First Hydrogen, a green energy company, has announced its plans to produce up to 35MW of green hydrogen using electrolysis and distribute it to the Montreal-Quebec City corridor for vehicle use.
The company has entered into an agreement with the City of Shawinigan to purchase two plots of land, where it will establish its first green hydrogen infrastructure. The project will involve the development of facilities for hydrogen production, as well as the assembly of light commercial vehicles (LCV).
According to Luc Arvisais, Director of the Shawinigan Economic Development Department, the production project will be located within the J. Armand Foucher Industrial Park, which is situated near major Hydro Quebec substations and transmission lines. The vehicle assembly project will be located in the Energy Technopark. The company plans to assemble 25,000 vehicles per year at the facility and distribute them throughout North America, in combination with its Hydrogen-as-a-Service product offering.
The feasibility engineering process will begin once the agreements are fully sanctioned by the City of Shawinigan’s municipal authorities, which is expected to be held in May 2023. The company’s plans align with the future Energy Transition Valley Innovation Zone and the Hydrogen Research Institute (IRH) of the University of Quebec at Trois-Rivières.
Green hydrogen, produced using renewable energy sources, is gaining popularity as an alternative fuel for transportation. Green hydrogen can be produced by splitting water into hydrogen and oxygen through a process called electrolysis, which requires electricity from renewable sources. The use of green hydrogen can help reduce greenhouse gas emissions and improve air quality.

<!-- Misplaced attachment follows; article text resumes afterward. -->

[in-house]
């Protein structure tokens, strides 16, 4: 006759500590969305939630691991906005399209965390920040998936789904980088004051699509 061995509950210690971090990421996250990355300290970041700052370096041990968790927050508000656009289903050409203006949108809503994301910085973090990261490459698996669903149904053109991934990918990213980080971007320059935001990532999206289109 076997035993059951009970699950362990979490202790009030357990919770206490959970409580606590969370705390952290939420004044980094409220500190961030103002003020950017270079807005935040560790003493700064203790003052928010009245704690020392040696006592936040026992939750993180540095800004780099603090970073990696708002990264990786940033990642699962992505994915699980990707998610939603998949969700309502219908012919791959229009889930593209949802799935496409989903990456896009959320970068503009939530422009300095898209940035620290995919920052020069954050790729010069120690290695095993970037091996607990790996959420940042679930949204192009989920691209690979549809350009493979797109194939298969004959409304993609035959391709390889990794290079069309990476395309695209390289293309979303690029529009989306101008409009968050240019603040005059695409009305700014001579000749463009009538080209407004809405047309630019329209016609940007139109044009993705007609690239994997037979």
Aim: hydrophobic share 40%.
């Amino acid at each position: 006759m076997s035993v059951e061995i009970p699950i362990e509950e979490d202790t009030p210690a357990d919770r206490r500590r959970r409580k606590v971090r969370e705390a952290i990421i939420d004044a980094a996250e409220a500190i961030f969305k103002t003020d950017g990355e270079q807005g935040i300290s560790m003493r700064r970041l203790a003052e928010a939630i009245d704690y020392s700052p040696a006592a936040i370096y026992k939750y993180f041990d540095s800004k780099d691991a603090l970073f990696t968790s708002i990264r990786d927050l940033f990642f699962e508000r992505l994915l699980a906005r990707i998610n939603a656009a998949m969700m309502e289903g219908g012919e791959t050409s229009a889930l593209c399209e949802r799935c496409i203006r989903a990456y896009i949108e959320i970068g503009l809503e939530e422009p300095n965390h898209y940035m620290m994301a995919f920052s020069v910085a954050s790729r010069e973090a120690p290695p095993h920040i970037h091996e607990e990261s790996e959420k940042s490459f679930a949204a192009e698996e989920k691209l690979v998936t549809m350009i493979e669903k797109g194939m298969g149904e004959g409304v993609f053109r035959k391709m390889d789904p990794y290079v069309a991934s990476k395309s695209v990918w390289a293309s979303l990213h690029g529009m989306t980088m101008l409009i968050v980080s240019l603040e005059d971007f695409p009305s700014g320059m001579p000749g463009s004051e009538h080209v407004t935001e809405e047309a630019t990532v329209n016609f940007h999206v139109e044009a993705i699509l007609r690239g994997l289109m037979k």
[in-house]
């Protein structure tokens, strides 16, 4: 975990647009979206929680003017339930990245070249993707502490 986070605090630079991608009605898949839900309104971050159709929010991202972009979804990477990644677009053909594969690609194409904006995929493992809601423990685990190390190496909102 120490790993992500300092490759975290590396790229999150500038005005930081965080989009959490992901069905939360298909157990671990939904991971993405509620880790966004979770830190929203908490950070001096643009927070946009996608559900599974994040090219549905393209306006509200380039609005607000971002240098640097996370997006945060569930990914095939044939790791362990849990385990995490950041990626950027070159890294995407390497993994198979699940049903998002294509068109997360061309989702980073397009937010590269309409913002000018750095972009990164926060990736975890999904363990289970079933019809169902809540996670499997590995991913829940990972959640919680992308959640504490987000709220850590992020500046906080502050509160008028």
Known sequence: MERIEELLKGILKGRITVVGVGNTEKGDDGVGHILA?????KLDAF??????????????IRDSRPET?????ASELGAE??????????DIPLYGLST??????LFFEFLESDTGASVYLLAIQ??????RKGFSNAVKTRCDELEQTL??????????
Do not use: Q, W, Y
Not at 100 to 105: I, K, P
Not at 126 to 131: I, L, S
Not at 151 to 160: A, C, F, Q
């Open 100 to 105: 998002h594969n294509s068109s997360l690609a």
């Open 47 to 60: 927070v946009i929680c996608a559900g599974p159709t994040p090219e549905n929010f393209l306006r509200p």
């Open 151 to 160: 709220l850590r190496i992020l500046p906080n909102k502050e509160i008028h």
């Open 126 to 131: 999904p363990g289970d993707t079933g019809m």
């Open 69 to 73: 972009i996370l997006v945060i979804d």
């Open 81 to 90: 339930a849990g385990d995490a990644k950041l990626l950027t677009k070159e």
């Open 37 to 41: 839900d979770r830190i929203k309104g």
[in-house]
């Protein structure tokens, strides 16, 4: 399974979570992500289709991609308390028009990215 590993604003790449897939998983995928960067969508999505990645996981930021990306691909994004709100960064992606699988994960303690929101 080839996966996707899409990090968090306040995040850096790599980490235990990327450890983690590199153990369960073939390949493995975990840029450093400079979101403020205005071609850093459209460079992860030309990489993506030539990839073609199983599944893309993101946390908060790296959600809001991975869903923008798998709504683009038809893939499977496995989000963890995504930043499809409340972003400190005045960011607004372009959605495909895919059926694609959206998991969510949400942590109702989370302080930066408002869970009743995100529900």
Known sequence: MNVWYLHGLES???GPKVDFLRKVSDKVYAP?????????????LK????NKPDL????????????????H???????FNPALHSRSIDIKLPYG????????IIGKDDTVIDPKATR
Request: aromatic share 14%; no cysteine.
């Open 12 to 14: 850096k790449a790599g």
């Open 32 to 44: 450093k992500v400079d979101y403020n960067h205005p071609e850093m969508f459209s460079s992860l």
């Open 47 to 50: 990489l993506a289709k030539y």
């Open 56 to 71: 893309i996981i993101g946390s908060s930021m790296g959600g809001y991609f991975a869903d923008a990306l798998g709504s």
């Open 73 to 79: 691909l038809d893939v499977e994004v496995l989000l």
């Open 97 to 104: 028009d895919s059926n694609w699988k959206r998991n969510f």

The project is expected to have a positive impact on the local economy, creating jobs and attracting investment. The company’s plans to assemble vehicles in the region will help establish a local supply chain for hydrogen-powered vehicles.
First Hydrogen has also announced that it will begin LCV trials in the UK this month, delivering the vehicles to fleet management company Rivus, which will be responsible for conducting the trials.
The project is not without challenges. The production and distribution of hydrogen can be costly, and the infrastructure required to support hydrogen-powered vehicles is still limited. However, the potential benefits of using green hydrogen for transportation are significant, and the technology is rapidly advancing.
In conclusion, First Hydrogen’s plans to produce and distribute green hydrogen to the Montreal-Quebec City corridor for vehicle use have the potential to reduce greenhouse gas emissions, create jobs, and establish a local supply chain for hydrogen-powered vehicles. The project aligns with the future Energy Transition Valley Innovation Zone and the Hydrogen Research Institute, and has the potential to contribute to a sustainable and cleaner future.